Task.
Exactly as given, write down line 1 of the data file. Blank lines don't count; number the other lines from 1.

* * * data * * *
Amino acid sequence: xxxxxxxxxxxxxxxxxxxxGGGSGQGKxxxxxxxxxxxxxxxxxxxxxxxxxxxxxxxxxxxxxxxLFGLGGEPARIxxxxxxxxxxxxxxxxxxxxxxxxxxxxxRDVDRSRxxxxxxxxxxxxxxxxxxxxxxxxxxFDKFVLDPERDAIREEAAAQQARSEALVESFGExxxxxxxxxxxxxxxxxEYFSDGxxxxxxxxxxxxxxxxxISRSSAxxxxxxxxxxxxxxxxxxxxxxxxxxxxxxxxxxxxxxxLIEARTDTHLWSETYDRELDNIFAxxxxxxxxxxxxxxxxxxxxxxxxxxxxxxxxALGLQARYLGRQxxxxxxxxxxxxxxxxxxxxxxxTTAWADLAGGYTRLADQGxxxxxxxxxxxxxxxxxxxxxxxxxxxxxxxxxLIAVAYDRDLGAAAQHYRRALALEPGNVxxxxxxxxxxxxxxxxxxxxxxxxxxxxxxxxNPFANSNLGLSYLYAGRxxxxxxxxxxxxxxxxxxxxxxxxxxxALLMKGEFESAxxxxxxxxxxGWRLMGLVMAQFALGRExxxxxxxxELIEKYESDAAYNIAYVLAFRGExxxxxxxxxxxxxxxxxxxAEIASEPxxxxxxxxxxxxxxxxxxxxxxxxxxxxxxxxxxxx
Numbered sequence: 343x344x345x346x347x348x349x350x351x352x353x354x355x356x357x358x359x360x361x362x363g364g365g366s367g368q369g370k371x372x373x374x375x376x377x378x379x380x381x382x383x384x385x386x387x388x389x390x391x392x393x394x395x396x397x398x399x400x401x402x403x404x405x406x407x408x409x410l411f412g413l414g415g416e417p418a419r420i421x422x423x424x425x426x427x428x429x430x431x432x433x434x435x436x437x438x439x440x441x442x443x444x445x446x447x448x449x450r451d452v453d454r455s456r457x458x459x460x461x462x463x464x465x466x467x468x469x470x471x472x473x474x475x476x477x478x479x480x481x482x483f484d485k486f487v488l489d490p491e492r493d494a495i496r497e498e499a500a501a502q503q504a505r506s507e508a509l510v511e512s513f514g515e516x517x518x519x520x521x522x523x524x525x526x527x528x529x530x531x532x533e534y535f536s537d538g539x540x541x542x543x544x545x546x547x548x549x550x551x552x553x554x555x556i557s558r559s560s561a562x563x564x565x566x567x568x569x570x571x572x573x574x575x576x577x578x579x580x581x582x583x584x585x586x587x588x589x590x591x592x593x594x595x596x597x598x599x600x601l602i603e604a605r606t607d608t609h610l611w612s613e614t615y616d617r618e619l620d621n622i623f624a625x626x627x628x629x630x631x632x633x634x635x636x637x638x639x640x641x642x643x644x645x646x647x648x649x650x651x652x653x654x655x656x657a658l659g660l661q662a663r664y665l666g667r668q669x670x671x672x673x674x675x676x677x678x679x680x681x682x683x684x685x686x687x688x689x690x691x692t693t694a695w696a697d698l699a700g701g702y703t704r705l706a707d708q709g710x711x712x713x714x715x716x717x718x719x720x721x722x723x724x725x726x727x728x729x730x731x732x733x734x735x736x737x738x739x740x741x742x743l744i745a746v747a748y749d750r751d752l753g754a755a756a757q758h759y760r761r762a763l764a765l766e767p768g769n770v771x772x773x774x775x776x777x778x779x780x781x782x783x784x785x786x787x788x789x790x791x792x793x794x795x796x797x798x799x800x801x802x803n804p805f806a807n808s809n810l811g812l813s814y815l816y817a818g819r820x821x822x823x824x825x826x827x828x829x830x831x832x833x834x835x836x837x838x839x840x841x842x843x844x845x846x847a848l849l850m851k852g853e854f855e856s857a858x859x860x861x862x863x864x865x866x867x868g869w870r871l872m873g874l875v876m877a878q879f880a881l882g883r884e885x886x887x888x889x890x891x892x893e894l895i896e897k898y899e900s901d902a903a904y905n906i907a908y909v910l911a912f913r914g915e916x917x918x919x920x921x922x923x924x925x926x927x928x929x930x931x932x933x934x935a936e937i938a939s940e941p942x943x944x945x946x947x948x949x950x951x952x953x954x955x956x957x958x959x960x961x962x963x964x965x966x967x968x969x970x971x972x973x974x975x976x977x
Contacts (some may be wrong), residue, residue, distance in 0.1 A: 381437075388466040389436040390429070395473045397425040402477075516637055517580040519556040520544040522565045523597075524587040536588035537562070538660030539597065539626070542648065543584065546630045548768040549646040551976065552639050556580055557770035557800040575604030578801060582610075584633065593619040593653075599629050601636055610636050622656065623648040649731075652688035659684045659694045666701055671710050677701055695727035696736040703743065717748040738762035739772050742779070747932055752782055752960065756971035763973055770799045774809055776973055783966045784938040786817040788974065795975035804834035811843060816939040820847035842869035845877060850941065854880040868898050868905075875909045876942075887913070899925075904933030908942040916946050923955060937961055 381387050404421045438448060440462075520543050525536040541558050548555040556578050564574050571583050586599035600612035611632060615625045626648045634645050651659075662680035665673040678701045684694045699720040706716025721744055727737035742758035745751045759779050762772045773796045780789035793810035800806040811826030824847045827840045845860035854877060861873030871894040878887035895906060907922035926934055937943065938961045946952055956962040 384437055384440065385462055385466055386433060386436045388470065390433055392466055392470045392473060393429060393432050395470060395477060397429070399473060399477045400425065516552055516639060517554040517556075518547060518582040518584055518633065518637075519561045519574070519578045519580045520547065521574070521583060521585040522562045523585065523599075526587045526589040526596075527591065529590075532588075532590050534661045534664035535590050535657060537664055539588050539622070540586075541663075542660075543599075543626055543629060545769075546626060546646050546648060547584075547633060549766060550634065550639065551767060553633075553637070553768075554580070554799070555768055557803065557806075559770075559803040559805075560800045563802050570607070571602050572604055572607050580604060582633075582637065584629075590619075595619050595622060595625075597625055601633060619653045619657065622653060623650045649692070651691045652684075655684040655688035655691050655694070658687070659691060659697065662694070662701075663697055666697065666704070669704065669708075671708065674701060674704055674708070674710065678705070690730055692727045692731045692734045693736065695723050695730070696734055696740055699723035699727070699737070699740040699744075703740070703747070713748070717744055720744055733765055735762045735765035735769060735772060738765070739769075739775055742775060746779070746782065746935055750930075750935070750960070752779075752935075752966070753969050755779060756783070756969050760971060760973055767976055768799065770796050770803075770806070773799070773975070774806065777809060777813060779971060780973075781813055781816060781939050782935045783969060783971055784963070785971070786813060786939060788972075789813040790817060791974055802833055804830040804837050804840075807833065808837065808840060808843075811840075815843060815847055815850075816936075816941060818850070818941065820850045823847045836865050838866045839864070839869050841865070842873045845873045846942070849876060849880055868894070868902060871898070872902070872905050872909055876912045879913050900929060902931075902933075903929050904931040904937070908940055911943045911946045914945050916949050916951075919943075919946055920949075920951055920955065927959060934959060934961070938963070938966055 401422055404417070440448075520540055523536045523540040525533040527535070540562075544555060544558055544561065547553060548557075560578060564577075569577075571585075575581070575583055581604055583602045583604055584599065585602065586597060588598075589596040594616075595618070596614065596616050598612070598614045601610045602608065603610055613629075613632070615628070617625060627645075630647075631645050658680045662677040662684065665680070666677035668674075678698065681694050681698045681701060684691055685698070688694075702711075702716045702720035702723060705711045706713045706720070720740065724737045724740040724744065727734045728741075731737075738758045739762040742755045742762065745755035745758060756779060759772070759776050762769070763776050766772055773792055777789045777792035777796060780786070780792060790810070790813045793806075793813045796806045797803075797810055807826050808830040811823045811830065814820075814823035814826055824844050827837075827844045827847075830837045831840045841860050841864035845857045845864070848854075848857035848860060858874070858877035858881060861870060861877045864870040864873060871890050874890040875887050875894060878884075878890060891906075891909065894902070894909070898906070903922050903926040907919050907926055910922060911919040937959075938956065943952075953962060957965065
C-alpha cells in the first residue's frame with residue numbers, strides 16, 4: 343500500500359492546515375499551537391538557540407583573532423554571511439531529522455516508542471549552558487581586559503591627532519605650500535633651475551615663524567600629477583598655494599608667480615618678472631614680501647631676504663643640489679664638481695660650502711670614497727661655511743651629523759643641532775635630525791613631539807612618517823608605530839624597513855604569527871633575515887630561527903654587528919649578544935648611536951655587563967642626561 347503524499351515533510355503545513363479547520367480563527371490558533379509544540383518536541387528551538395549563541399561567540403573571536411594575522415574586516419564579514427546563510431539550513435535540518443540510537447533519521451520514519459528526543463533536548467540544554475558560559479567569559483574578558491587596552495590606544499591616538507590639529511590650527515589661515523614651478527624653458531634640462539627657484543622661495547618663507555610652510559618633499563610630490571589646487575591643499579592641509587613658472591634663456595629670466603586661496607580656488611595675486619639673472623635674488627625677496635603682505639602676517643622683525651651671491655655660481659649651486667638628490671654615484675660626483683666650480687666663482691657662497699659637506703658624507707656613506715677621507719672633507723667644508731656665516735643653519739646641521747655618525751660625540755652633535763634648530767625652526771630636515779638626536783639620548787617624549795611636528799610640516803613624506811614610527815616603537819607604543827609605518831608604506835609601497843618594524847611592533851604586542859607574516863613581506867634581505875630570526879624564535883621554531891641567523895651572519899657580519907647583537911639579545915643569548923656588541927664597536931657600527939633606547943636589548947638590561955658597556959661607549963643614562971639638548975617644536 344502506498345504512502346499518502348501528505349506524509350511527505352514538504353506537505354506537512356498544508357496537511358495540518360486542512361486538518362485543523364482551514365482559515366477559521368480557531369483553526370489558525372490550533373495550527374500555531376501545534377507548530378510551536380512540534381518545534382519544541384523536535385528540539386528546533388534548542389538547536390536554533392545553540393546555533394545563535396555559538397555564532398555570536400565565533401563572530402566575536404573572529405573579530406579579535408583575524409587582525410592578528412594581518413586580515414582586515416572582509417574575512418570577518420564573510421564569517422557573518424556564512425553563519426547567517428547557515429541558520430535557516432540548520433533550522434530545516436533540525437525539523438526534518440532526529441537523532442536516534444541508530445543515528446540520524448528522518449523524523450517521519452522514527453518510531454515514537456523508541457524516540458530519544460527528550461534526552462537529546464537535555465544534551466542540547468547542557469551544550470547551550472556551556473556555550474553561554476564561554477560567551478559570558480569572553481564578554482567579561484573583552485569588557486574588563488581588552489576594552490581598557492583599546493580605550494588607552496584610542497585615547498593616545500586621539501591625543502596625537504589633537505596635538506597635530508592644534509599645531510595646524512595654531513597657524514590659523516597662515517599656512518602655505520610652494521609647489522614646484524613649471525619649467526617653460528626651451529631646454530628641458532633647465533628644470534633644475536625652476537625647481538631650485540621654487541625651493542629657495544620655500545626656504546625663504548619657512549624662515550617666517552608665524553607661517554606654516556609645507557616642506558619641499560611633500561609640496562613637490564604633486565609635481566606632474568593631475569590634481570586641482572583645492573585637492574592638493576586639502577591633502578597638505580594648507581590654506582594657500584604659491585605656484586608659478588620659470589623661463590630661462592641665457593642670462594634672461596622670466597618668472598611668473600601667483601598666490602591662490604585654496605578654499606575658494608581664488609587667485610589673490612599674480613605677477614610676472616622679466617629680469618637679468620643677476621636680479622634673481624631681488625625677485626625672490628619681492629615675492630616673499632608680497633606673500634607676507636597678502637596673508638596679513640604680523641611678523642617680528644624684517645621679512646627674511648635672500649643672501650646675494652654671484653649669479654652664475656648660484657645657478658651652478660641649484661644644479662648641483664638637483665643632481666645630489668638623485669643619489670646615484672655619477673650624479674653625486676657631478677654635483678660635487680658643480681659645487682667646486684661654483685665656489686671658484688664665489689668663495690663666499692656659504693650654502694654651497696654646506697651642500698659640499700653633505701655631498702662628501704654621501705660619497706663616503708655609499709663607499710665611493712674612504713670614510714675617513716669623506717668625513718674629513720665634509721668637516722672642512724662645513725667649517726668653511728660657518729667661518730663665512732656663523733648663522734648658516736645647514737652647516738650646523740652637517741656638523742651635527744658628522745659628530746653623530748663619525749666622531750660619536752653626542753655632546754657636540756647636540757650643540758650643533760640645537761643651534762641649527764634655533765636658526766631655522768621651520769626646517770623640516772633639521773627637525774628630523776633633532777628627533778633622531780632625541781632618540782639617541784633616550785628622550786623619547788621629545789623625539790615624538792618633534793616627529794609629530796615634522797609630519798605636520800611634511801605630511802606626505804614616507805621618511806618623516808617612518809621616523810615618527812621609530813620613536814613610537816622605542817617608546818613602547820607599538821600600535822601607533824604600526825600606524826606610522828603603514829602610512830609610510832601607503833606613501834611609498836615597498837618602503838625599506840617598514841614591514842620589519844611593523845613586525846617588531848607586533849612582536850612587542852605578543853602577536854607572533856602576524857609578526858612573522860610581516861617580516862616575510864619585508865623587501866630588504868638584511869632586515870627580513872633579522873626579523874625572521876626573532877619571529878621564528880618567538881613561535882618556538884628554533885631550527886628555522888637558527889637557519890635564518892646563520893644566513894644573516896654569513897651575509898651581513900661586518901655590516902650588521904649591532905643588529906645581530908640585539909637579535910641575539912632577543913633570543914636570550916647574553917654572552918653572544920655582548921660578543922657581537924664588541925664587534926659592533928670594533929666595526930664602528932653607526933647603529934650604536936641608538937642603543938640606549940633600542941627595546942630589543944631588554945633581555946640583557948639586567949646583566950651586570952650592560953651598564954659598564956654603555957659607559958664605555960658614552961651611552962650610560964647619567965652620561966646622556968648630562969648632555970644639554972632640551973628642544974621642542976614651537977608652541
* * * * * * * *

Amino acid sequence: xxxxxxxxxxxxxxxxxxxxGGGSGQGKxxxxxxxxxxxxxxxxxxxxxxxxxxxxxxxxxxxxxxxLFGLGGEPARIxxxxxxxxxxxxxxxxxxxxxxxxxxxxxRDVDRSRxxxxxxxxxxxxxxxxxxxxxxxxxxFDKFVLDPERDAIREEAAAQQARSEALVESFGExxxxxxxxxxxxxxxxxEYFSDGxxxxxxxxxxxxxxxxxISRSSAxxxxxxxxxxxxxxxxxxxxxxxxxxxxxxxxxxxxxxxLIEARTDTHLWSETYDRELDNIFAxxxxxxxxxxxxxxxxxxxxxxxxxxxxxxxxALGLQARYLGRQxxxxxxxxxxxxxxxxxxxxxxxTTAWADLAGGYTRLADQGxxxxxxxxxxxxxxxxxxxxxxxxxxxxxxxxxLIAVAYDRDLGAAAQHYRRALALEPGNVxxxxxxxxxxxxxxxxxxxxxxxxxxxxxxxxNPFANSNLGLSYLYAGRxxxxxxxxxxxxxxxxxxxxxxxxxxxALLMKGEFESAxxxxxxxxxxGWRLMGLVMAQFALGRExxxxxxxxELIEKYESDAAYNIAYVLAFRGExxxxxxxxxxxxxxxxxxxAEIASEPxxxxxxxxxxxxxxxxxxxxxxxxxxxxxxxxxxxx